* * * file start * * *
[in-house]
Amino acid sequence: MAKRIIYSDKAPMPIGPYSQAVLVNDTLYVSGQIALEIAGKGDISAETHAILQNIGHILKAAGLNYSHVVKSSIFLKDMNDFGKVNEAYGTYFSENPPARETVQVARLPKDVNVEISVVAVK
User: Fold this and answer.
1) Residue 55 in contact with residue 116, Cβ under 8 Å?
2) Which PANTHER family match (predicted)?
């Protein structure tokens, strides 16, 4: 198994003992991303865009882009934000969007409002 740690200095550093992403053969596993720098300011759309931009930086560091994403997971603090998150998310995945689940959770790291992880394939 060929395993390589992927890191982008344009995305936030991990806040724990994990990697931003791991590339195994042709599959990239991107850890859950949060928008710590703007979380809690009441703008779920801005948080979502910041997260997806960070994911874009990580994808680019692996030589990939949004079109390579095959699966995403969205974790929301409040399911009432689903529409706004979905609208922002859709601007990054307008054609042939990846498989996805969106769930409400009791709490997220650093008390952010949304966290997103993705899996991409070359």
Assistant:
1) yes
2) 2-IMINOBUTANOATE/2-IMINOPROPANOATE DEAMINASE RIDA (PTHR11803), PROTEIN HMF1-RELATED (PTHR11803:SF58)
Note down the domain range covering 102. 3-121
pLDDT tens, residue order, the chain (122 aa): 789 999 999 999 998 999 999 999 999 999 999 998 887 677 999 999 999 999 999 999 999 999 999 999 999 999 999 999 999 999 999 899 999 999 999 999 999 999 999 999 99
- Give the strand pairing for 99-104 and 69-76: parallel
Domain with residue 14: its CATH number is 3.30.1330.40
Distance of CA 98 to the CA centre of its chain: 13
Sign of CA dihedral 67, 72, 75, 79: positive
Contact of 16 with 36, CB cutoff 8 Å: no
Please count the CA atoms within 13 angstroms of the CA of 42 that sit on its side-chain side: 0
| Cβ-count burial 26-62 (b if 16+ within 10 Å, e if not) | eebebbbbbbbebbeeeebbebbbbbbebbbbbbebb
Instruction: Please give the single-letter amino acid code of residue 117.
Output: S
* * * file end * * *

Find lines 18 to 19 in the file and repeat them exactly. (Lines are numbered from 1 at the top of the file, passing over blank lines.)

| Cβ-count burial 26-62 (b if 16+ within 10 Å, e if not) | eebebbbbbbbebbeeeebbebbbbbbebbbbbbebb
Instruction: Please give the single-letter amino acid code of residue 117.